UND Center for Biomedical Research - Animal Research Facility
The state-of-the-art Center for Biomedical Research facility (20,000 square feet) is located at the NW side of Dakota Hall (Occupied September 2001).
A satellite vivarium was built (4,823 square feet) and is located in the School of Medicine & Health Sciences building (Occupied May 2017).
Grant vs. Donation
Definition of Grant, Contract or Cooperative Agreement
Grants, contracts, and cooperative agreements (collectively called sponsored projects) are externally-funded activities in which a formal written agreement is entered into by UND and by the sponsor. A sponsored project may be thought of as a transaction in which there is a specified statement of work with a related, reciprocal transfer of something of value.
The following conditions characterize a sponsored project agreement, and help to distinguish such agreements from gifts:
1. Statement of Work
Sponsored projects are typically awarded to UND in response to a detailed statement of work and commitment to a specified project plan. As described below, this statement of work is usually supported by both a project schedule and a line-item budget, both of which are essential to financial accountability. The statement of work and budget are usually described in a written proposal submitted by UND to the sponsor for competitive review.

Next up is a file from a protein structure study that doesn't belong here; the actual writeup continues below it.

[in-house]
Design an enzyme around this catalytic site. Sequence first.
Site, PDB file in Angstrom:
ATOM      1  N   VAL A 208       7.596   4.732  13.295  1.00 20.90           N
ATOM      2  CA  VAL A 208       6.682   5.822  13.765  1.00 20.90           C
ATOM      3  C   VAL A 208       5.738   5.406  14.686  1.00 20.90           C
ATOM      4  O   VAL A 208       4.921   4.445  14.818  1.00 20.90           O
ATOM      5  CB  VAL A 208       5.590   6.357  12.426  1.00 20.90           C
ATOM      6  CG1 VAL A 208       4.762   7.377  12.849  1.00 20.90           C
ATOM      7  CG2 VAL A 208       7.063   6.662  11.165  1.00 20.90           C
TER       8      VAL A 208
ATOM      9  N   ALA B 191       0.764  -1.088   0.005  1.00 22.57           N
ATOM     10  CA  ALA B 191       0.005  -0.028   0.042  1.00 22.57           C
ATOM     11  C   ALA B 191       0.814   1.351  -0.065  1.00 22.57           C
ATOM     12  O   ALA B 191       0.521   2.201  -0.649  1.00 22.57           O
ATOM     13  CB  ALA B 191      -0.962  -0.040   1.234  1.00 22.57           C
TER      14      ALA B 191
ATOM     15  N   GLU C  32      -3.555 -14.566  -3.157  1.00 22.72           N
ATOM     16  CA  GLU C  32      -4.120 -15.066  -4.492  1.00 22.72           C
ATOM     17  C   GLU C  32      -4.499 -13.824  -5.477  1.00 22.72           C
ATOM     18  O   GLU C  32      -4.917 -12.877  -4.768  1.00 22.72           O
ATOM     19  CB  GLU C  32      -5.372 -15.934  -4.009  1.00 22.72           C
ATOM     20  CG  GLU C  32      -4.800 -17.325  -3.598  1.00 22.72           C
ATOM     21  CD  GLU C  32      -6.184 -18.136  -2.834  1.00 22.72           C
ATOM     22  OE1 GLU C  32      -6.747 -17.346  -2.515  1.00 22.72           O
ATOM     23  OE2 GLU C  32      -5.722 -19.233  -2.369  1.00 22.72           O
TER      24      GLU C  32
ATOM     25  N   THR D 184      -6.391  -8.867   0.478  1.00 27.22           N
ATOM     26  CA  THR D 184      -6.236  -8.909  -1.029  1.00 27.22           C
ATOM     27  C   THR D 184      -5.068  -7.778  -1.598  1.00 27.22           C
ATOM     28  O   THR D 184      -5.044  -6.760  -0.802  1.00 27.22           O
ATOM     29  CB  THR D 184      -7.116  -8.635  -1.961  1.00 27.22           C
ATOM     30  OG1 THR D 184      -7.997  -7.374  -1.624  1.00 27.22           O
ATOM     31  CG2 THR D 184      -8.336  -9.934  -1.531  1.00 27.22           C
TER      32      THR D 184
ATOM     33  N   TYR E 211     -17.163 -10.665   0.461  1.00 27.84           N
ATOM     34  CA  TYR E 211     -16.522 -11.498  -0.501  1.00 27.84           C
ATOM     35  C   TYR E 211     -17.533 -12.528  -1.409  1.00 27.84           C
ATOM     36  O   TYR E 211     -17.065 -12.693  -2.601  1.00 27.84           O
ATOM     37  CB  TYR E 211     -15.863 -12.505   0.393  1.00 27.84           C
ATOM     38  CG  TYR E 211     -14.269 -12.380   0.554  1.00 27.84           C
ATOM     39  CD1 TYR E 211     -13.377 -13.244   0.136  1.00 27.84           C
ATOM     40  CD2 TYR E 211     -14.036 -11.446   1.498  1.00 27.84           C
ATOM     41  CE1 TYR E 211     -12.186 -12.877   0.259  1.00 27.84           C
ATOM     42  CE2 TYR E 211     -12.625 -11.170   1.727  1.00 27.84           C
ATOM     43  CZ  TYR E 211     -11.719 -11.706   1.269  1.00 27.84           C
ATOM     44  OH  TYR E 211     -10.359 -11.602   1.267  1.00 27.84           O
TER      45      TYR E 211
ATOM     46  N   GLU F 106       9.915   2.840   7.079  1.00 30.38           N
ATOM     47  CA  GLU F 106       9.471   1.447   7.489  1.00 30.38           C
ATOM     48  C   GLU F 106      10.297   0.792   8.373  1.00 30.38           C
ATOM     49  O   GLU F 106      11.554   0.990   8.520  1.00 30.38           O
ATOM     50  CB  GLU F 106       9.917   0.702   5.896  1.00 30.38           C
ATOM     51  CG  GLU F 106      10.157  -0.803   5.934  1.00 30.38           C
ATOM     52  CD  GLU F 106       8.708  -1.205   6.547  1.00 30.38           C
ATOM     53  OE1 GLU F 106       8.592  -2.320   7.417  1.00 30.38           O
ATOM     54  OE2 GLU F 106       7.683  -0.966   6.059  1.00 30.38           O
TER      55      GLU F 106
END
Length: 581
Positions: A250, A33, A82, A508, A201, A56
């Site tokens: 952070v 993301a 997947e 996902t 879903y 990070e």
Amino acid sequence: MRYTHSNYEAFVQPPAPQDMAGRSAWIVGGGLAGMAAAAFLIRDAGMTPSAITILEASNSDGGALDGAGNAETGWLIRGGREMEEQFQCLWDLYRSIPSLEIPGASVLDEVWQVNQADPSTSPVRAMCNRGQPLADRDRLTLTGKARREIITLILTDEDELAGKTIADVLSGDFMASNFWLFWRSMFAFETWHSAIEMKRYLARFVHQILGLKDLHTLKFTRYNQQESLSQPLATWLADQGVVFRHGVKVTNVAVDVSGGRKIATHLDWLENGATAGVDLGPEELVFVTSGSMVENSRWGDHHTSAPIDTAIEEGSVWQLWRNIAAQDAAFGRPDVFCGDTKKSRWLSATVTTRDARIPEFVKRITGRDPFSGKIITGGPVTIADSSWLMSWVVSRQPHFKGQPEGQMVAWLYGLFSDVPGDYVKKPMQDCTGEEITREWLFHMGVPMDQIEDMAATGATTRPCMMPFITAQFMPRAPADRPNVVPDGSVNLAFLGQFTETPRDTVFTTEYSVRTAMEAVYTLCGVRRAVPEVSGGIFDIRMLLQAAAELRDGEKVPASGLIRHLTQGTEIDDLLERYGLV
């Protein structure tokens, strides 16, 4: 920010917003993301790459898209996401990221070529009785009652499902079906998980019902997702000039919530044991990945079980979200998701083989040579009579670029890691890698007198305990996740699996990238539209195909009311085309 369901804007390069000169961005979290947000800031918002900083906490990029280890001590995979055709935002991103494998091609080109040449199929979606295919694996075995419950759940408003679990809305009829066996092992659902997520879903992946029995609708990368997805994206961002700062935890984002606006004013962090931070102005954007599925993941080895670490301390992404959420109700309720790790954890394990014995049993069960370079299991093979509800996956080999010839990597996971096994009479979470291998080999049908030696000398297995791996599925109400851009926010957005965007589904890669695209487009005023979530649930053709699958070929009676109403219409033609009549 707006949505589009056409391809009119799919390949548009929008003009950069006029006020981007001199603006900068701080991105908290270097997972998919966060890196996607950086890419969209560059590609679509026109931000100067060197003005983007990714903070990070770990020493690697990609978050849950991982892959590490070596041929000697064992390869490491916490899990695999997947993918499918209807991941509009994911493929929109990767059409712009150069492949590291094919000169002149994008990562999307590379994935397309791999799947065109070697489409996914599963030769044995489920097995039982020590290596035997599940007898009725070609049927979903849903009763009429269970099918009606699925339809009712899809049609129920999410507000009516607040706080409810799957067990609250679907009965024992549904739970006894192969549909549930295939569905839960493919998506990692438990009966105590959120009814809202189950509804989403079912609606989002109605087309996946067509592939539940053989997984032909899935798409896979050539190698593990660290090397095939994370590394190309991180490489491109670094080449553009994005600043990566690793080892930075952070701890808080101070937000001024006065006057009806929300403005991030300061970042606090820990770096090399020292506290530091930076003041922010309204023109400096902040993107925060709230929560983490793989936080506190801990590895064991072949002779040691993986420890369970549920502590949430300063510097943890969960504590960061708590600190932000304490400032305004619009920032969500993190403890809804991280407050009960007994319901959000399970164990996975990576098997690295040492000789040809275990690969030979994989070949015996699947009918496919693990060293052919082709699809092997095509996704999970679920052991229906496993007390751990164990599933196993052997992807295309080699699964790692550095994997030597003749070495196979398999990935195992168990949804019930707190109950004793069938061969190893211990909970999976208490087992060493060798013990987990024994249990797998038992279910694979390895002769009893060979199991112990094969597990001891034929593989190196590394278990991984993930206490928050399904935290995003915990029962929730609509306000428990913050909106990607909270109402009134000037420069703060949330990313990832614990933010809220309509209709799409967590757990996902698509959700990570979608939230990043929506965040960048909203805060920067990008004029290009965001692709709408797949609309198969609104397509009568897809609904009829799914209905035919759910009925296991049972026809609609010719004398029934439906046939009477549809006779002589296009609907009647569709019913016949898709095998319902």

2. Detailed Financial Accountability
The sponsored project agreement includes detailed financial accountability, typically in the form of a financial report with line-item budgets and requirements regarding a specified amount of time.
Definition of Gifts or Donations
A gift or donation, on the other hand, is defined as any item of value given to the University by a donor who expects nothing significant of value in return, other than recognition and disposition of the gift in accordance with the donor's wishes. In general, there are no deliverables; however, a focus or particular use may be designated. There will not be a formal fiscal accountability to the donor and it is also irrevocable with no start and end dates.
UND agrees to use restricted gifts as the donor specifies, and does not accept gifts that it cannot use as the donor intends. University approval for changes in the purpose of a gift fund may be required.